The effects of job demands and resources on turnover intention: The mediating roles of emotional exhaustion and depersonalization

Source avec lien : Work, 70(1). 10.3233/WOR-213574

En se basant sur le modèle de la demande et des ressources du travail (JD-R), cette étude a examiné les rôles médiateurs de l’épuisement émotionnel et de la dépersonnalisation.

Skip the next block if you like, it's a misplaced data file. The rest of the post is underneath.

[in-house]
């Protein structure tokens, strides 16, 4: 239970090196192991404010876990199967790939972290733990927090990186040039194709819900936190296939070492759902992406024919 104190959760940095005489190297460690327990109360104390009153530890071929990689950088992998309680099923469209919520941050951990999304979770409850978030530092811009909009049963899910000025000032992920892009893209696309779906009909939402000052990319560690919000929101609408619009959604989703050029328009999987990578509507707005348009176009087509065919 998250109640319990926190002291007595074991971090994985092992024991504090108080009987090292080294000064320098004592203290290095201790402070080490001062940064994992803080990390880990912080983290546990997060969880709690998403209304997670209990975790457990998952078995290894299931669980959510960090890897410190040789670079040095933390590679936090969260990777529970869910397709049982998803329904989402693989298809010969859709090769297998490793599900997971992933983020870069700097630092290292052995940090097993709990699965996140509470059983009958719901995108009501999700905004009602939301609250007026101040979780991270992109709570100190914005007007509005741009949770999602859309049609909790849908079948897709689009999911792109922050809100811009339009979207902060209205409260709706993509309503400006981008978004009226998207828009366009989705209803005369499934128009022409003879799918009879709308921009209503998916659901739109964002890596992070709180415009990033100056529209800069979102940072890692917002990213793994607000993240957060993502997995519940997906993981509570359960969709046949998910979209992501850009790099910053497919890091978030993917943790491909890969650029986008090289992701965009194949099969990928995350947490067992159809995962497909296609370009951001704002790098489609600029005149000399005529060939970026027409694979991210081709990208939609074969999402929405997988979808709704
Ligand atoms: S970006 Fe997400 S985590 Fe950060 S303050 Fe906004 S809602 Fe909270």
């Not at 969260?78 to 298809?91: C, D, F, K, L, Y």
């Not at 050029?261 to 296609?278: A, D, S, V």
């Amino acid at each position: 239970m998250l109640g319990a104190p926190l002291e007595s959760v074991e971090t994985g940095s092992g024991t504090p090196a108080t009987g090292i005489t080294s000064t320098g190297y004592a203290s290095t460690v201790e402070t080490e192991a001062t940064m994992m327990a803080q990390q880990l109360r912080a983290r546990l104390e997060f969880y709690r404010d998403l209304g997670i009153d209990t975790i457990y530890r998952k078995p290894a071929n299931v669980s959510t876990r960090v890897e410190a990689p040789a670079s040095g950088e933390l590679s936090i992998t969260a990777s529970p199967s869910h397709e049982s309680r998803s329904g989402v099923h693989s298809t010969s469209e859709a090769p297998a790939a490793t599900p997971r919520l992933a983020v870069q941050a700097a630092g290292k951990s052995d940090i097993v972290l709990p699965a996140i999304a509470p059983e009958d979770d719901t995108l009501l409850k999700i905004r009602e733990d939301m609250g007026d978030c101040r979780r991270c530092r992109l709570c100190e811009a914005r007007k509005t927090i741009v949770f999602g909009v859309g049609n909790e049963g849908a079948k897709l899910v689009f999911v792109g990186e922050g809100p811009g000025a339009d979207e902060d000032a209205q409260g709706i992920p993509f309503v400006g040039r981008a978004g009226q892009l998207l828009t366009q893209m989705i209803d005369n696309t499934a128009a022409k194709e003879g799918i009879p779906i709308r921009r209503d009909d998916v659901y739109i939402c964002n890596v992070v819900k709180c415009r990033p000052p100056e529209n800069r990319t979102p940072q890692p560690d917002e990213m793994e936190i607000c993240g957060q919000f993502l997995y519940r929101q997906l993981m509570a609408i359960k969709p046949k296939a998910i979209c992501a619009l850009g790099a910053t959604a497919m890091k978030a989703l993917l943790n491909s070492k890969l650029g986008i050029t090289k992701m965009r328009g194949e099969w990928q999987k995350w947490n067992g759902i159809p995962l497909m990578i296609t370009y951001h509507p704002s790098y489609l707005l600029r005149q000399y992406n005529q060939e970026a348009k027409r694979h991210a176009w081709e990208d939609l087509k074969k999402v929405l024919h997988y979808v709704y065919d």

BACKGROUND: Although job demands, supervisory support, and burnout have been identified as significant predictors of turnover intention, little attention has been paid to the mechanisms among these determinants. OBJECTIVE: Based on the job demand and resource (JD-R) model, this study examined the mediating roles of emotional exhaustion and depersonalization. METHODS: Data were collected from private sector social workers in three metropolitan areas of South Korea (N = 316). Two serial multiple mediation analyses were conducted to examine the mediating effects of emotional exhaustion and depersonalization in the relationships between job demands and turnover intention and between job resources and turnover intention, respectively. RESULTS: Job demands and resources were associated with turnover intention both directly and indirectly, through emotional exhaustion and depersonalization. Whereas job demands were positively associated with emotional exhaustion only, job resources were negatively associated with both emotional exhaustion and depersonalization. The sequential link from emotional exhaustion to depersonalization was present in both job demands and in the resources models. CONCLUSIONS: The findings underscore the importance of addressing potential burnout to effectively reduce turnover intention among social workers in South Korea. Implications and strategies for developing interventions and policies to reduce turnover by improving work environments are suggested.

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